Bevilacqua 6031 plaza receives concept plan approval


Residents of Woodbridge Village have seen Transit Road evolve into a highway with heavy traffic and dense development, and they’re letting their voices be heard that Bevilacqua Development’s latest project will only exacerbate an issue that they say is threatening their way of life.

At the Planning Board’s May 15 meeting, Bevilacqua requested concept plan approval and a recommendation for a special exemption use permit for a proposed retail/restaurant plaza at 6031 Transit Road. The approximately 9,000-square-foot plaza would be built on the site of the former Buggy Wash, between

Buffalo Pharmacy and a NOCO gas station.

“We’ve approached NOCO on the future driveway connection. They’re aware of our development,” said Jonathan Bevilacqua on the prospect of connecting the NOCO gas station property with his proposed retail plaza. “We put that on a note on the drawing, that we’re willing to provide a future dimension if at some point they’re willing to allow our parcels to connect.”

Bevilacqua added that the rear of the property had been redesigned on the updated site plan.

“We’ve revised the rear of the building to provide for a second front, if you will, which will serve primarily as an access point for the customers parking in the rear of the building,” he said.

The same project was the subject of both skepticism and inquiry at a Planning Board meeting in March as the board showed concern over the site’s entrance and exit points, drawing particular attention to the project’s proposed drive-thru lane, which does not have enough space on the allotted parcel and actually encroaches onto the adjacent property.

Board member Timothy Pazda specifically cited what he saw as an overabundance of parking spaces and suggested eliminating the back row of spaces as a way to make room for the drive-thru lane. At the May 15 meeting, Pazda reiterated this advice and suggested that the project as a whole was, in his mind, an example of “overdevelopment.”

Bevilacqua told the board that he could file a deed to move the drive-thru onto the 6031 Transit Road parcel.

“It’s really just a simple legal description and filing a deed in the clerk’s office. That entity would now own the dedicated drive-thru lane,” he said.

Board President Robert Sackett noted that he did not see the issues of other board members as major concerns that should hinder the progress of the development.

“I know there’s diversity of opinion on the board when it comes to this subject,” he said. “I think the site plan functions well. I see no violation of any existing code or legal agreement, so I have no problem with it.”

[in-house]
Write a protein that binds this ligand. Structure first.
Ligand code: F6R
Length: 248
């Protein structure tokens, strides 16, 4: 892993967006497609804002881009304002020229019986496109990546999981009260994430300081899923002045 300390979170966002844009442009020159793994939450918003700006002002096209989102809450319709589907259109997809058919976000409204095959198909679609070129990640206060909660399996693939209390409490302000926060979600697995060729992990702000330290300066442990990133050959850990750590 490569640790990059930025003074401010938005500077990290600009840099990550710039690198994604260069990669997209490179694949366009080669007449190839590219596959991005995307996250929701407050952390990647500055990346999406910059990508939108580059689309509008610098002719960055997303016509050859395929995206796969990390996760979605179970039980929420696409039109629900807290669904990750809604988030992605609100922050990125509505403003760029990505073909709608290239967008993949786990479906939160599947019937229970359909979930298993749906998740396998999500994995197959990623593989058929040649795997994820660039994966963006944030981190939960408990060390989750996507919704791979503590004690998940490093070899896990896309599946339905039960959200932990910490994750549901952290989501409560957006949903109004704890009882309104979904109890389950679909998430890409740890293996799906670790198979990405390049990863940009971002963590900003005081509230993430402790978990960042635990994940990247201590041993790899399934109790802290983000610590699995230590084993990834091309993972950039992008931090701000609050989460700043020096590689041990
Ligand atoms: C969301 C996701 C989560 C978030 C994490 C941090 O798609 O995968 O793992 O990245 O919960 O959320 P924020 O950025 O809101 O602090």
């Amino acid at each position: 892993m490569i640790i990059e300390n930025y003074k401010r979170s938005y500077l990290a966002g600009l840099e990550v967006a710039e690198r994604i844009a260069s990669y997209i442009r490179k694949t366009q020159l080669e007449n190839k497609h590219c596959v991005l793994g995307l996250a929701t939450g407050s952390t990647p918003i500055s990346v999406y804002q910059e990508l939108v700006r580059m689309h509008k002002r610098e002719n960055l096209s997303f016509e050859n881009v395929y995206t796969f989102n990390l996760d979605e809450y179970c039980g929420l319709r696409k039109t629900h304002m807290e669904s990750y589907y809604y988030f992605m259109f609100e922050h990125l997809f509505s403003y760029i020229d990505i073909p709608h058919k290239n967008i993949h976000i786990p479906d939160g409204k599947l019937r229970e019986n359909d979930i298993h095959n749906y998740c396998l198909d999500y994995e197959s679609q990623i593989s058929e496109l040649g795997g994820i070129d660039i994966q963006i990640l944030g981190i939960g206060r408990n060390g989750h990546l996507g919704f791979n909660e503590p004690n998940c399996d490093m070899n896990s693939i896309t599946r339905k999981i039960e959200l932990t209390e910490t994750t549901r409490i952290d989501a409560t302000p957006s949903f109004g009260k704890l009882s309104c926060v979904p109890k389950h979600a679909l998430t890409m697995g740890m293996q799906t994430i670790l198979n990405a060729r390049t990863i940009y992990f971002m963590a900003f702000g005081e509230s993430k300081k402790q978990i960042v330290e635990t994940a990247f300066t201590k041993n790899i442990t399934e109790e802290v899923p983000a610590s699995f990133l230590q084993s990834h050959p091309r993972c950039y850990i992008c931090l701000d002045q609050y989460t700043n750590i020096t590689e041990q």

“I’d like to see some sort of traffic control sign that indicates who should yield to the through traffic from the drive-thru lane,” added board member Stephen Dale.

At the meeting in March, several residents of Woodbridge Village took to the podium during the public comment portion to denounce the proposed plaza and expressed noise issues and traffic problems as primary reasons to oppose any new drive-thrus. The theme and the message continued at the May 15 meeting.

“My main concern is Transit Road. There’s one turning lane on Transit. I’ve been a resident of Woodbridge Village since 2002, and it gets harder and harder all the time to take a left turn out of there. I just don’t see how there’s not going to be a traffic problem,” said Chris Hamm, a resident of Whitegate Crossing.

Hamm expressed concern regarding the development’s proximity to his property line and the negative ramifications that could result from having a drive-thru installed so close to his home — an encroachment that he believes the Planning Board members would take issue with if it were their property.

“The deck of my house is probably 100 yards from where this drive-thru will be. I don’t want to be sitting out there at any time of the day and hearing people putting in their orders,” said Hamm. “We’re staring at this gray cinderblock back wall that I guarantee none of you would have approved had you lived there.”

The Planning Board voted to grant concept plan approval and the recommendation for a special exemption use permit, with the exception of Pazda, who voted “no.”

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